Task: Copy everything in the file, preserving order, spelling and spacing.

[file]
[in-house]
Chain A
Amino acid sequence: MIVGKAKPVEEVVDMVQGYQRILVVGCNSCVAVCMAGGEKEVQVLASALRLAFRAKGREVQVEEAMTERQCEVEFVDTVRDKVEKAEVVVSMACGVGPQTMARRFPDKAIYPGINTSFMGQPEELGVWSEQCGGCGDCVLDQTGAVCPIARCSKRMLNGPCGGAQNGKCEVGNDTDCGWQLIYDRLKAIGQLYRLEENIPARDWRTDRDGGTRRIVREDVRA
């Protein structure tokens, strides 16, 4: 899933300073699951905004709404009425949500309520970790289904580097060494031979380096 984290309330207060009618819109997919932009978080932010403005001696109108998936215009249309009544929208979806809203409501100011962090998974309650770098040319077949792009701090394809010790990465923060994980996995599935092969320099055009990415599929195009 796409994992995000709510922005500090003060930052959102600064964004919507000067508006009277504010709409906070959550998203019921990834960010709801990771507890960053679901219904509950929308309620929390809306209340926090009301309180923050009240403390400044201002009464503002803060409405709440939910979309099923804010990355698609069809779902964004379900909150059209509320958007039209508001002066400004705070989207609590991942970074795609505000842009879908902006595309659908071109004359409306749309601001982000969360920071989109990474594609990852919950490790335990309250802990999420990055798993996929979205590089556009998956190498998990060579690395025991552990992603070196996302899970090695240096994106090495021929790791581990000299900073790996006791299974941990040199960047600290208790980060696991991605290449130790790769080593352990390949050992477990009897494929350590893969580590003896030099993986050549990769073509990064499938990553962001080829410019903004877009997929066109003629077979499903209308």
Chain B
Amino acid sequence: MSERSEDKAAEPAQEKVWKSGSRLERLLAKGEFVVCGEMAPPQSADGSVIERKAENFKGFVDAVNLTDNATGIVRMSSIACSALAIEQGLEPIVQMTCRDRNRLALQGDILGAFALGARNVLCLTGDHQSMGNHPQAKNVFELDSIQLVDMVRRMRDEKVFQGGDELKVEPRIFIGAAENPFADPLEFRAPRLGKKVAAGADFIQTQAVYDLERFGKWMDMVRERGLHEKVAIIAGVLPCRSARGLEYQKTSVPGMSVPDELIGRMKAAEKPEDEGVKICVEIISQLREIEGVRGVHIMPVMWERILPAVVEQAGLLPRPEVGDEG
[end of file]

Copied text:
[in-house]
Chain A
Amino acid sequence: MIVGKAKPVEEVVDMVQGYQRILVVGCNSCVAVCMAGGEKEVQVLASALRLAFRAKGREVQVEEAMTERQCEVEFVDTVRDKVEKAEVVVSMACGVGPQTMARRFPDKAIYPGINTSFMGQPEELGVWSEQCGGCGDCVLDQTGAVCPIARCSKRMLNGPCGGAQNGKCEVGNDTDCGWQLIYDRLKAIGQLYRLEENIPARDWRTDRDGGTRRIVREDVRA
């Protein structure tokens, strides 16, 4: 899933300073699951905004709404009425949500309520970790289904580097060494031979380096 984290309330207060009618819109997919932009978080932010403005001696109108998936215009249309009544929208979806809203409501100011962090998974309650770098040319077949792009701090394809010790990465923060994980996995599935092969320099055009990415599929195009 796409994992995000709510922005500090003060930052959102600064964004919507000067508006009277504010709409906070959550998203019921990834960010709801990771507890960053679901219904509950929308309620929390809306209340926090009301309180923050009240403390400044201002009464503002803060409405709440939910979309099923804010990355698609069809779902964004379900909150059209509320958007039209508001002066400004705070989207609590991942970074795609505000842009879908902006595309659908071109004359409306749309601001982000969360920071989109990474594609990852919950490790335990309250802990999420990055798993996929979205590089556009998956190498998990060579690395025991552990992603070196996302899970090695240096994106090495021929790791581990000299900073790996006791299974941990040199960047600290208790980060696991991605290449130790790769080593352990390949050992477990009897494929350590893969580590003896030099993986050549990769073509990064499938990553962001080829410019903004877009997929066109003629077979499903209308």
Chain B
Amino acid sequence: MSERSEDKAAEPAQEKVWKSGSRLERLLAKGEFVVCGEMAPPQSADGSVIERKAENFKGFVDAVNLTDNATGIVRMSSIACSALAIEQGLEPIVQMTCRDRNRLALQGDILGAFALGARNVLCLTGDHQSMGNHPQAKNVFELDSIQLVDMVRRMRDEKVFQGGDELKVEPRIFIGAAENPFADPLEFRAPRLGKKVAAGADFIQTQAVYDLERFGKWMDMVRERGLHEKVAIIAGVLPCRSARGLEYQKTSVPGMSVPDELIGRMKAAEKPEDEGVKICVEIISQLREIEGVRGVHIMPVMWERILPAVVEQAGLLPRPEVGDEG